Rethinking Modernization: Embracing Integration for a Sustainable Future

By Prof. Oweyegha-Afunaduula

During the 1960s and early 1970s, the terms “modern,” “modernity,” and “modernization” were commonly used but faded in the late 1970s, 1980s, and early 1990s in Uganda.

However, they resurfaced in the late 1990s when President Yoweri Kaguta Tibuhaburwa Museveni made modernization a focal point in his Presidential campaigns.

According to, modern is the characteristic of being in the present and recent time; contemporary. It is associated with things that exist in the present age, especially in the context of a former age or an age long past. It has the implication of being up-to-date with contemporary changes.   

Modernization is the process of updating something to function effectively in contemporary times. Examples include advancements in technology like computers, high-speed internet, artificial intelligence, and mobile phones.

Modernization, when implemented as a political and economic strategy, should be guided by science and logic, considering it a process of social change. This means that if one makes it a political and economic strategy, one must be committed to science and logic in whatever one does to bring about social change.

The “No change” preferred by the government for a long time, is not a friend of modernization. The door must always be open for change guided by science (as researchable and provable facts) and logic (as correct thinking and reasoning). Modernization implies change, the opposite of no change.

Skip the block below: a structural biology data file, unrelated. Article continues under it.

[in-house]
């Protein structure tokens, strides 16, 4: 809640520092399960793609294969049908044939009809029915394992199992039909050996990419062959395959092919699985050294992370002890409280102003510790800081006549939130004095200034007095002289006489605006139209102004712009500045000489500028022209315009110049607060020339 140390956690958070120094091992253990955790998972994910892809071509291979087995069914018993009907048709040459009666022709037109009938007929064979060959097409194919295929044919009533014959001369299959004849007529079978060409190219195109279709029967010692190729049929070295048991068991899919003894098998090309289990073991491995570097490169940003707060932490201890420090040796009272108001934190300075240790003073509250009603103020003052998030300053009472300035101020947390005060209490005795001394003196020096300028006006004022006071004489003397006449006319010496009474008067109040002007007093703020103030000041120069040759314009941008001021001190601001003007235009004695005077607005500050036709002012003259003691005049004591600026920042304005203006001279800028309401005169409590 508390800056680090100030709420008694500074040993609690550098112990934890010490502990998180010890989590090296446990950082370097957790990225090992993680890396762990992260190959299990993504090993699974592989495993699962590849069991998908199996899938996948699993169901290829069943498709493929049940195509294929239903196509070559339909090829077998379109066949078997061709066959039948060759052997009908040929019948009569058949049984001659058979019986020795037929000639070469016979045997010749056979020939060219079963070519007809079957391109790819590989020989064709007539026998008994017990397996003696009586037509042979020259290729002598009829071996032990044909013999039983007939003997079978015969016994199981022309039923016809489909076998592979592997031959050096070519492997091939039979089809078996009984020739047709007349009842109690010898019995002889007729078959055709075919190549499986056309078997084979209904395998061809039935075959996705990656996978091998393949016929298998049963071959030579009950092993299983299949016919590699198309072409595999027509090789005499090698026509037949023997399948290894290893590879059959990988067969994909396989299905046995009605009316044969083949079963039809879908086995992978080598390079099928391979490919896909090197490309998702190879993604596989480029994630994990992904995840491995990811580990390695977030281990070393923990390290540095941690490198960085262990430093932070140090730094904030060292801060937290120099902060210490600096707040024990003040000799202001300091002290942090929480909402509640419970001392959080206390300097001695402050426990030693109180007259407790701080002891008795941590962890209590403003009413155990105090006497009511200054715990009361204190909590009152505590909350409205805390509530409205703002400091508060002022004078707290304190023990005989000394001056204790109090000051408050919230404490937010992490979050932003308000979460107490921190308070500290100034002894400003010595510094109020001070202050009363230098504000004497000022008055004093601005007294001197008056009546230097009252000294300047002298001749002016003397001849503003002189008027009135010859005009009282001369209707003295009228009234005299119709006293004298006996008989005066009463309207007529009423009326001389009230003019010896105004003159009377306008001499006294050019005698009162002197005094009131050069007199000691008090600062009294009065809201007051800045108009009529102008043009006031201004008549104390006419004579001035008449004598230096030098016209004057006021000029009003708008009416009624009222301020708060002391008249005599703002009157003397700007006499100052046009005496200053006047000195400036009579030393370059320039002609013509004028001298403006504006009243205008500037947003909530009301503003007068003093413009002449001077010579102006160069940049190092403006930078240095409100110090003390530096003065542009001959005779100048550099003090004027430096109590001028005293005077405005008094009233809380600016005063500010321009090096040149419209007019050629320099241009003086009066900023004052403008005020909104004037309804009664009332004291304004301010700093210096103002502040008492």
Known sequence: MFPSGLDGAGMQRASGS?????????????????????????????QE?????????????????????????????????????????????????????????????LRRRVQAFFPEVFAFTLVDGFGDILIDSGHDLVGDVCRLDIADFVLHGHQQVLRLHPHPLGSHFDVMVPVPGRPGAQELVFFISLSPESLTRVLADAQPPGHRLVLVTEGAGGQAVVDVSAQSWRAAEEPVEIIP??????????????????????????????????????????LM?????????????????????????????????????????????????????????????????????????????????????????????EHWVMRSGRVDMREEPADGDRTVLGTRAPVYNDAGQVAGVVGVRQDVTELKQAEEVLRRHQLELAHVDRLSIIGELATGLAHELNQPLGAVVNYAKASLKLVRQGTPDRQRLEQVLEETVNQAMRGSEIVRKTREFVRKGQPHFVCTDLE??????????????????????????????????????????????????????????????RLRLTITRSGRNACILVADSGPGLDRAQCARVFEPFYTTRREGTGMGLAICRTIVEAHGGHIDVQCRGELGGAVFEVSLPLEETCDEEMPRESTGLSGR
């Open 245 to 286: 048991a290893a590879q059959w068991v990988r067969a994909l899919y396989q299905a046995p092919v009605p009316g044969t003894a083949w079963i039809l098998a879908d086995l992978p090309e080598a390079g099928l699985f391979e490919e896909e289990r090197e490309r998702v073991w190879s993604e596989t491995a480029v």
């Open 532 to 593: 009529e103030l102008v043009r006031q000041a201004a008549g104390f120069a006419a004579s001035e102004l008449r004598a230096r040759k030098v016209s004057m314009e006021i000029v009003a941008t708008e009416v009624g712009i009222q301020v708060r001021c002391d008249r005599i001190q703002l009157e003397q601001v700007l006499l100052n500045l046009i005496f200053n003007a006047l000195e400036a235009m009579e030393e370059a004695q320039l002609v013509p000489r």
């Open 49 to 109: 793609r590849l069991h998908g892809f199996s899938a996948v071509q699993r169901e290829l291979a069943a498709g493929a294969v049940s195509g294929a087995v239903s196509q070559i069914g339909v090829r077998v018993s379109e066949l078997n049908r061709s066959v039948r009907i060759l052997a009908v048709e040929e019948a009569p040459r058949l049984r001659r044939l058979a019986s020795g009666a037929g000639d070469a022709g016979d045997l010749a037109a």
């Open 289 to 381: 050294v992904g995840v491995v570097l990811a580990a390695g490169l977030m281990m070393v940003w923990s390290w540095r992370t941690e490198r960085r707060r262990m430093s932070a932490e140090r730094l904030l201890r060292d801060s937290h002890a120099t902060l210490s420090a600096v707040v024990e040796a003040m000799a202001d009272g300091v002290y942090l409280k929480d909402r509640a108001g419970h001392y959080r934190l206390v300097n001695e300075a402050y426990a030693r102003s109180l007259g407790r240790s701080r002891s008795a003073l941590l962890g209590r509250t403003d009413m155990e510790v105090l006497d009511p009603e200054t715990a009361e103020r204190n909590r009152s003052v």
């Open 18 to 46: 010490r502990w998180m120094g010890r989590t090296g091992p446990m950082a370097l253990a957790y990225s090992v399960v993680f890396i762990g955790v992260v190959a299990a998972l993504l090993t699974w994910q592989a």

It implies a change in all dimensions of human welfare -technology, politics, economics, sociality, education, health, architecture, et cetera.

Theoretically, modernization is taken as having started with European Enlightenment. According to Eisenstadt, modernization is historically a process of change that is oriented towards social, economic, and political systems, usually for the better.

Therefore, the social, economic, and political changes should be integrated and in concert with each other. One cannot say one is modernizing in one dimension (say economic) when there is no modernizing experience in the political and social dimensions. 

If modernization involves liberalization, democracy, and freedom, then these should be detectable in all the dimensions (social, economic, and political), but also in others such as the ecological, environmental, and cultural.  

It should, however, be echoed and re-echoed that long ago modernization theory failed in Africa because it was promoted on the flawed assumption that it was a Eurocentric or Western idea. The post-colonial leaders, under their Pan-African political philosophy, detested it.

They particularly detested Modernization’s assumption that Western civilization was technically and morally superior to the civilization of traditional societies and implied that traditional values were of little value, and should, therefore, be erased in favor of Eurocentric values.   

However, the assumption above seems to be guiding President Museveni’s newfound love for modernization. Frequently, traditional peoples are urged to abandon their values for the so-called modern values engendered by modernization.